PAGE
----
Sample collection and DNA sequencing
The TGY plant used for PacBio sequencing and de novo genome assembly was maintained by the Tea Research Institute, Fujian Academy of Agricultural Sciences. Leaves were collected from a single TGY individual, planted in the county of Anxi located in Fujian Province, China (119.576708 E, 27.215297 N). In addition, we constructed a comprehensive dataset by incorporating our resequenced data (129 samples) as well as recently published 61 non-redundant resequenced accessions9. A total of 190 Camellia accessions were used in the present study, containing 113 CSS, 48 CSA, one C. sinensis var. pubilimba, 15 C. taliensis, 12 closely related species and one C. oleifera as the outgroup. These tea accessions consisted of 51 elite cultivars, 92 landraces, 18 ancestral tea accessions and 12 wild closely related species from section Thea. Young leaves from each accession were flash frozen in liquid nitrogen and transferred to the DNA sequencing provider (Annoroad Gene Technology) in Beijing. Genomic DNA from each sample was isolated using the DNeasy Plant Mini kit (Qiagen) following the manufacturer’s instructions. For PacBio long-read sequencing, we first applied the BluePippin system for size selection. SMRTbell libraries (30–50 kb) were then constructed according to the protocol released from PacBio. A total of three single-molecule real-time cells were sequenced on a PacBio Sequel II platform, generating 359 Gb of subreads. DNA samples that were used for whole-genome resequencing were sequenced using the Illumina NovaSeq platform with a read length of 150 bp and an insert size of 300–500 bp. In addition, the 10x Genomics library was constructed using high-molecular-weight DNA (>50 kb) according to the manufacturer’s protocol (https://support.10xgenomics.com/de-novo-assembly/library-prepr/doc/user-guide-chromium-genome-reagent-kit-v1-chemistry). Reads of approximately 300 Gb were sequenced on the Illumina NovaSeq platform with the 150-bp paired-end sequencing model.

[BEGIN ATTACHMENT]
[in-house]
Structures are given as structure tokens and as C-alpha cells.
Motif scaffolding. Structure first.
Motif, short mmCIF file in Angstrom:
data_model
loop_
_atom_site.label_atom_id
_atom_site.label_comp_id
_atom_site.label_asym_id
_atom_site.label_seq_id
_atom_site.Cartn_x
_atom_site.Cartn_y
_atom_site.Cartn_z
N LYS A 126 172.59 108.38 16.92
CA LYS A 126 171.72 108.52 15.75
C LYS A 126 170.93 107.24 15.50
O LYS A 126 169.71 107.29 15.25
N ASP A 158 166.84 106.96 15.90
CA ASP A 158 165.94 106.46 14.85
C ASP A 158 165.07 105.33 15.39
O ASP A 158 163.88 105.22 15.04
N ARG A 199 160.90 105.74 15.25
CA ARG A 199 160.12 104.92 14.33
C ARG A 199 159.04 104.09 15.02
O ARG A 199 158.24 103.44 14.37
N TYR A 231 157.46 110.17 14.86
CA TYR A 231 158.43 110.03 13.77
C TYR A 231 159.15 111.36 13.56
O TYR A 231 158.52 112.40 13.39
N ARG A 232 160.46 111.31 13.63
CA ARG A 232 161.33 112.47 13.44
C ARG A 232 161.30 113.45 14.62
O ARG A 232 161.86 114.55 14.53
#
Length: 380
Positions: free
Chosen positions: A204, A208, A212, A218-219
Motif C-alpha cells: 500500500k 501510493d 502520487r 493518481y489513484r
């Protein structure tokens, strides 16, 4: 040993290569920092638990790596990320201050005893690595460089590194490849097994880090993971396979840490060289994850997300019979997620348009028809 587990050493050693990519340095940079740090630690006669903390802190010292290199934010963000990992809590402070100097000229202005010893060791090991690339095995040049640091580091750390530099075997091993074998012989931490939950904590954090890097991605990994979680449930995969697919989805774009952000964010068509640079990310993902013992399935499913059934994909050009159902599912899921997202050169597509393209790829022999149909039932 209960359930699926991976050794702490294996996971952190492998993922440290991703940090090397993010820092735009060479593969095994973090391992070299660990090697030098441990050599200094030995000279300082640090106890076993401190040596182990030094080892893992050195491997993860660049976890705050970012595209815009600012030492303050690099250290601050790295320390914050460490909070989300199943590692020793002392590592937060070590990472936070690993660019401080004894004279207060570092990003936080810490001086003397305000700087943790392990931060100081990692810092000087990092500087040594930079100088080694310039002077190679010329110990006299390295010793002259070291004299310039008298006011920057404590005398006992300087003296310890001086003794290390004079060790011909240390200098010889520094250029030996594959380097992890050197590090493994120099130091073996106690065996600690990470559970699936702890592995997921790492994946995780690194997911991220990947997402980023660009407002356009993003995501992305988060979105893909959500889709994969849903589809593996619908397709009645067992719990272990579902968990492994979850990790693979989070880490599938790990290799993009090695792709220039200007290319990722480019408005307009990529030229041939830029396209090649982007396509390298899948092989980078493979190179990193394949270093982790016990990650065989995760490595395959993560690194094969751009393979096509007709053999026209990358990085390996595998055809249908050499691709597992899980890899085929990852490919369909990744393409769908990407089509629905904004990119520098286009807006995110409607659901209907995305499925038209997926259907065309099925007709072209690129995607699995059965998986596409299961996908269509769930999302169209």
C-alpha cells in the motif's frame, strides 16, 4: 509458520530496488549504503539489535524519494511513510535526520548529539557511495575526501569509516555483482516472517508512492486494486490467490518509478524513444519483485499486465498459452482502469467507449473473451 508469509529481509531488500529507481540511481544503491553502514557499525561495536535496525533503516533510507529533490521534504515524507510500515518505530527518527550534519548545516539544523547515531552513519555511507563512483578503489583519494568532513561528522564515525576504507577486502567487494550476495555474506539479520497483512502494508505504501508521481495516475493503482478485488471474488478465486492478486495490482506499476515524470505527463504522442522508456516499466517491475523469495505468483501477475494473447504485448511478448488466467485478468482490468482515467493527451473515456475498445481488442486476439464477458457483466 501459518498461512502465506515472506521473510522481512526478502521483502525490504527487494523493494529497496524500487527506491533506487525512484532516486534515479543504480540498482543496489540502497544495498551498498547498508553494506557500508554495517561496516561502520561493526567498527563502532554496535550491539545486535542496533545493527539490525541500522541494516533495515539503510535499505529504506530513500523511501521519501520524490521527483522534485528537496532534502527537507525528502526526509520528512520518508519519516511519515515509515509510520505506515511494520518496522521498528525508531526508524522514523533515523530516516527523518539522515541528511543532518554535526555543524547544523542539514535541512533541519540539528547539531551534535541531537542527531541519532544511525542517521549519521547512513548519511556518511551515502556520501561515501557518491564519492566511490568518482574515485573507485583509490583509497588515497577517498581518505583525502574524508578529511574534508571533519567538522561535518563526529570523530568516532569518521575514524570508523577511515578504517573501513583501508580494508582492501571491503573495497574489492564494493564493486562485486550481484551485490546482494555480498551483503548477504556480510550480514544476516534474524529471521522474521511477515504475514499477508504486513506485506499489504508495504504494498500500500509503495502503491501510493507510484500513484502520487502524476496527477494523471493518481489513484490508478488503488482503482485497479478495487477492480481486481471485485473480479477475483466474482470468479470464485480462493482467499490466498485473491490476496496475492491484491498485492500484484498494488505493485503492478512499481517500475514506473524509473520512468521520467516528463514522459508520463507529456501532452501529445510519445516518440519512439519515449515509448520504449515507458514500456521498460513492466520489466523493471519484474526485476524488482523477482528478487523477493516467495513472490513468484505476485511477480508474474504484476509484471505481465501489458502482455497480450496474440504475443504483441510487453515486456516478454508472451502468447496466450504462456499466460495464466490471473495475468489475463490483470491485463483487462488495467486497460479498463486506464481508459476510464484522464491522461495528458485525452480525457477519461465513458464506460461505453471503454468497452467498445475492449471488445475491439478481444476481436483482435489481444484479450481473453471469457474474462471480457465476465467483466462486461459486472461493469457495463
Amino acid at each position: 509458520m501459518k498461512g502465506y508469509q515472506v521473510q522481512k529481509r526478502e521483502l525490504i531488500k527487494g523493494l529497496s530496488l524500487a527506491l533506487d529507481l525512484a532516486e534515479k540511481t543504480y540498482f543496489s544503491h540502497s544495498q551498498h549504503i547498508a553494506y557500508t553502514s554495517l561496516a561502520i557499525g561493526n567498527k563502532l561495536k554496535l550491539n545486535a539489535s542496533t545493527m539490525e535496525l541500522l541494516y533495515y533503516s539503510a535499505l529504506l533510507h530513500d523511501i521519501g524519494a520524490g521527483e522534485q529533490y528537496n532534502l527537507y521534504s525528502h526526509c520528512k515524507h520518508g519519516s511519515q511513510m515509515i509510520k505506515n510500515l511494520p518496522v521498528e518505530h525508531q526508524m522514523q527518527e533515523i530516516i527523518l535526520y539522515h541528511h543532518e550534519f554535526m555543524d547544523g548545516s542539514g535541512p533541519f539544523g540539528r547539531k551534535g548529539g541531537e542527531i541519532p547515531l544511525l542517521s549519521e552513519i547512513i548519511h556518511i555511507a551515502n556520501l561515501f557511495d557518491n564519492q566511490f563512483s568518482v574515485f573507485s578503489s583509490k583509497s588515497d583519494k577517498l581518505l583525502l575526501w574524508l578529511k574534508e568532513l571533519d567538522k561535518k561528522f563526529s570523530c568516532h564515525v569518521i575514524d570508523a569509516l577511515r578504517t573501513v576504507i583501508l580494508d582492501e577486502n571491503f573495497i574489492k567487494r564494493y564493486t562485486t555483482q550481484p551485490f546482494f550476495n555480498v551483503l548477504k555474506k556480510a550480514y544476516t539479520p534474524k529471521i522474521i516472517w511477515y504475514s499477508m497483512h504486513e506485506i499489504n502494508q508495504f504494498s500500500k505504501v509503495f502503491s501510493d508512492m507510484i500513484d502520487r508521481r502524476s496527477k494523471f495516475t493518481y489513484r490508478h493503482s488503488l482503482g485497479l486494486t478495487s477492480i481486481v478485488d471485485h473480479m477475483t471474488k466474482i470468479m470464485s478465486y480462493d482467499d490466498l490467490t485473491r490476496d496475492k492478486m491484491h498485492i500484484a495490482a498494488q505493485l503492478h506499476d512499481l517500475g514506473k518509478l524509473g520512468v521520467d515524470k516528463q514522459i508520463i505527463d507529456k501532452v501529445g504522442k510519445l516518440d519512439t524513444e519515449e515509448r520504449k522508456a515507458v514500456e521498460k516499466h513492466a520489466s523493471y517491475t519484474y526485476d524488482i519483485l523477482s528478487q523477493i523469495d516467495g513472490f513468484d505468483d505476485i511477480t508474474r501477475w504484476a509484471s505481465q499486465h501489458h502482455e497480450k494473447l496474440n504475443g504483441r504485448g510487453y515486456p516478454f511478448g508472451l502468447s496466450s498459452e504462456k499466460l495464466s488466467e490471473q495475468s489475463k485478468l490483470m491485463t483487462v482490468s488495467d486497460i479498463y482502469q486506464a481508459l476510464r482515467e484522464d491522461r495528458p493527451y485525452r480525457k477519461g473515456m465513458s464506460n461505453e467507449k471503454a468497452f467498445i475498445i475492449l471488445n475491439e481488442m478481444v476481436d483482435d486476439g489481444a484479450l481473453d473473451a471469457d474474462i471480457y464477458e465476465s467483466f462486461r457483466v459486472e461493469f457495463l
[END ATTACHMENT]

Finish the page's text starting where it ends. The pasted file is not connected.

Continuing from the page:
Genome assembly and annotation
We assembled the TGY genome by incorporating Illumina short-read sequences and PacBio single-molecule real-time long-read sequences as well as sequences from high-throughput chromatin conformation capture (Hi-C) technologies. A total of 359 Gb (~114× coverage) of subreads generated from the PacBio Sequel II platform were subjected to self-correction, trimming and assembly. All three steps were accomplished using Canu17 (version 1.9) with optimized parameters designed for polyploid genomes to assemble heterozygous genome sequences as far as possible (batOptions, ‘-dg 3 -db 3 -dr 1 -ca 500 -cp 50’). To further correct systematic errors of PacBio sequencing, we generated ~183 Gb (58× coverage) of Illumina short reads from the same TGY individual. These short reads were mapped against the Canu initial genome assembly using BWA37 MEM with default parameters, and variants that were considered to result from sequencing errors were polished using Pilon38 with parameters ‘--mindepth 4 --threads 6 --tracks --changes --fix bases --verbose’.
We provided two levels of chromosome-scale assemblies, including a monoploid genome and a haplotype-resolved assembly. For the monoploid genome, we first used our newly developed program Khaper to select primary contigs and filter redundant sequences (Supplementary Note 1) from the initial Canu assembly. Results were then inspected based on BUSCO completeness and duplication score. Meanwhile, we constructed two high-quality Hi-C libraries using previously described methodology39. Chimeric DNA fragments that represented sequences from proximal regions were sequenced on the Illumina NovaSeq platform with the paired-end model. The resulting non-redundant contigs were subjected to ALLHiC scaffolding with a diploid model18 and then partitioned into 15 groups, representing 15 pseudo-chromosomes. The chromosome number and orientation were renamed according to the chromosome-scale assembly of CSS-SCZ published previously9 for comparison. For the haplotype-resolved genome assembly, we first detected misassembled contigs that displayed abnormal long-range contact patterns from paired-end read alignments against the Canu initial assembly using Juicer tools40 and the 3D-DNA pipeline16, and only the first round of Hi-C corrected contigs were retained for haplotype phasing. We further applied a read-depth strategy to identify and duplicate collapsed contigs in the Canu initial assembly (that is, phased contigs) (Supplementary Note 2). Along with the duplicated sequences, Canu phased contigs were subjected to haplotype phasing using the ALLHiC18 polyploid scaffolding model with the monoploid genome selected by Khaper15 as a reference to identify allelic contigs. Finally, two haplotypes (HA and HB) were fully resolved at the chromosomal level.